There’s an old English custom passed down from generation to generation where a young man at a dance must place a clean handkerchief in his armpit under his shirt before the dance, and after the dance he uses it to fan his partner. This is an act of seduction to better spread his apocrine, or scent in layman’s terms. Thank goodness that it’s one English custom that my own English husband has not adopted for himself; I’m not so sure that I would’ve married him had he practiced it on me. According to Morris, in rural Australia it was the young ladies who would stick a slice of apple under their armpits when dancing, and once the music stopped they would offer the apple to the man of their choice. In Elizabethan England, the ladies would use a whole peeled apple for this seduction trick and it was known as the “love apple.” And speaking of sweat and smell, how can we possibly leave out the French? Mary of Cleves was a married woman, and after dancing at court she retired to her room in order to change her sweat-stained chemise. The Duc d’Anjou, who later became King Henri III of France entered the same room and by mistake wiped the sweat off his face with Mary’s chemise, thinking that it was a towel. His senses were so affected by Mary’s scent that he developed an uncontrollable passion for her. She was married though, so it only caused a lot of heartache and trouble down the road for everyone involved.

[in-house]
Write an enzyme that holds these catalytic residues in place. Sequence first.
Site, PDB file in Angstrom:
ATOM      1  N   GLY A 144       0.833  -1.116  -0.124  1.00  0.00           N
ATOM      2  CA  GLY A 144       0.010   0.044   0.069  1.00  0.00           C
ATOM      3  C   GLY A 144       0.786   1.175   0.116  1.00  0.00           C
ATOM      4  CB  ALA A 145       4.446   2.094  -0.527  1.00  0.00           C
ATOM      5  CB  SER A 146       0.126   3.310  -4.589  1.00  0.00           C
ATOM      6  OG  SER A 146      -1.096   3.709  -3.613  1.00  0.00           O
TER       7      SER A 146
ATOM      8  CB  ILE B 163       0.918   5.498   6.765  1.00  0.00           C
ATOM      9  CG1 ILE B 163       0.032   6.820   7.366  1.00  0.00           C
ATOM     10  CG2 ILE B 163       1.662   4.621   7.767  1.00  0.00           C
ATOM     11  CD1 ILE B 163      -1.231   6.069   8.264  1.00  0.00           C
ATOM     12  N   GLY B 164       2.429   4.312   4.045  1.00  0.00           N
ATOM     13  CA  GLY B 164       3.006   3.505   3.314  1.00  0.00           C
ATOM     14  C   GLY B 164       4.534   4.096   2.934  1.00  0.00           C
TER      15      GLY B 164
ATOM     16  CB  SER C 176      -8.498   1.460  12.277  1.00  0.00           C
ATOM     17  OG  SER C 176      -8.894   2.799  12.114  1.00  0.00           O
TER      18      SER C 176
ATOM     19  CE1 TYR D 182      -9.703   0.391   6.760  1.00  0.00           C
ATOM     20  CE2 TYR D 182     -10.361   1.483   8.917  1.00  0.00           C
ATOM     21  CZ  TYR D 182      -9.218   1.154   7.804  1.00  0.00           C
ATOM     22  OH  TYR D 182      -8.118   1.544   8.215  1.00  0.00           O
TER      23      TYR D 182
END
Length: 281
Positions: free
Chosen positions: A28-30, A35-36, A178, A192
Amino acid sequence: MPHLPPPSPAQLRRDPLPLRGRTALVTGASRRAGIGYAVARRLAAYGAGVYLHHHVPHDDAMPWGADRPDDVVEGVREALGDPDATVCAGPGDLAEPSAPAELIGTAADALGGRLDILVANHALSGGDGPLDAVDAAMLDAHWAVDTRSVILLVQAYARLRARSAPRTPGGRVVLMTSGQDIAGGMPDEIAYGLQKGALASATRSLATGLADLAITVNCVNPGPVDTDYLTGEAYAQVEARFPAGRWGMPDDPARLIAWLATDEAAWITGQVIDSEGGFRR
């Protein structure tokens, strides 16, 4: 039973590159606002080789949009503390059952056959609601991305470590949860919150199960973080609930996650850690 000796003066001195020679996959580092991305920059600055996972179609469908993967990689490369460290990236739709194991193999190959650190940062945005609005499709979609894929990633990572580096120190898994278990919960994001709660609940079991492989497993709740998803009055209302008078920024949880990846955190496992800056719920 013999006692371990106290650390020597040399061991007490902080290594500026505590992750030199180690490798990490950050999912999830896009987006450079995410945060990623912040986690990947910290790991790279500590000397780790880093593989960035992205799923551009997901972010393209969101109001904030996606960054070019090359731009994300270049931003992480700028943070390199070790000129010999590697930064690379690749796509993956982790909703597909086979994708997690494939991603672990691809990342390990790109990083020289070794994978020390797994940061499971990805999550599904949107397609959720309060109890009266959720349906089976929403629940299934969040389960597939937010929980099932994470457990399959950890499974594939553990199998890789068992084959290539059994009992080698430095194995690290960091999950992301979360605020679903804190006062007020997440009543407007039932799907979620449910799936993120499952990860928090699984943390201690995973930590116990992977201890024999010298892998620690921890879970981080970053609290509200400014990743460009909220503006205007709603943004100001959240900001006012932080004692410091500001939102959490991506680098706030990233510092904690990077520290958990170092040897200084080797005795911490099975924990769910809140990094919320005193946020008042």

So it’s enough to just get a whiff of the scent, and you may find yourself hooked; this explains why sometimes men and women feel stimulated by the other sex without knowing what hit them. It could very well be that they had detected the armpit secretion on an unconscious level. It makes you think twice about online dating sites and their appeal to men and women, when such basic evolutionary sexual signals are completely taken out of the mix, and yet people manage to create bonds with each other nonetheless. I too met my husband online; however, I remember that when I was planning on flying out to London to meet him for the first time, my sister warned me against feeling too excited, building too many expectations and hopes for a guy that I had only met online because “you may not like his smell, it may be completely repulsive,” she explained. I waved her off as though her words were complete nonsense, but what she said had somehow stuck with me. There was one other issue to deal with before I could concentrate on Greg’s scent; you see, in every single photo that he emailed me (pre-Skype), his mouth was closed. At first I viewed his closed-mouth-smile as cute, but after my sister had planted new ideas in my mind I wondered whether he had closed his mouth because he actually had really bad teeth that he was purposely hiding from me. Obviously it was not going to be a deal breaker, people can get their teeth fixed, but it’s a fact that in Europe people do not put too much emphasis on their teeth; look at Prince William and his teeth for instance. So Greg’s teeth happened to be very nice after all, lucky for me, and thankfully there were no problems with odor either. Generally speaking, the English do not have such a good reputation when it comes to cleanliness, and I can attest to this because I was born in England, and I have vivid memories of the London underground in the heat of summer; with my nose pressed against the back of a stranger while everybody standing holds up their arms to firmly grip the pole as the train races to the next stop–there’s no escaping the vile armpit odor of some people. The gym at the University of Manchester was no picnic either, it was sometimes hard to breathe in the weight room, and if you want to know more about that aspect of my life then you must read my novel The Diary of a Wrinkle where you will find a lot more examples of smelly English people. Orientals on the other hand lack this problem; in Korea half the population does not have the axillary scent glands at all, according to Morris. It’s the same with the Japanese, and in China it’s less common to find those glands altogether. For this reason in those countries they find armpit odor as terribly offensive.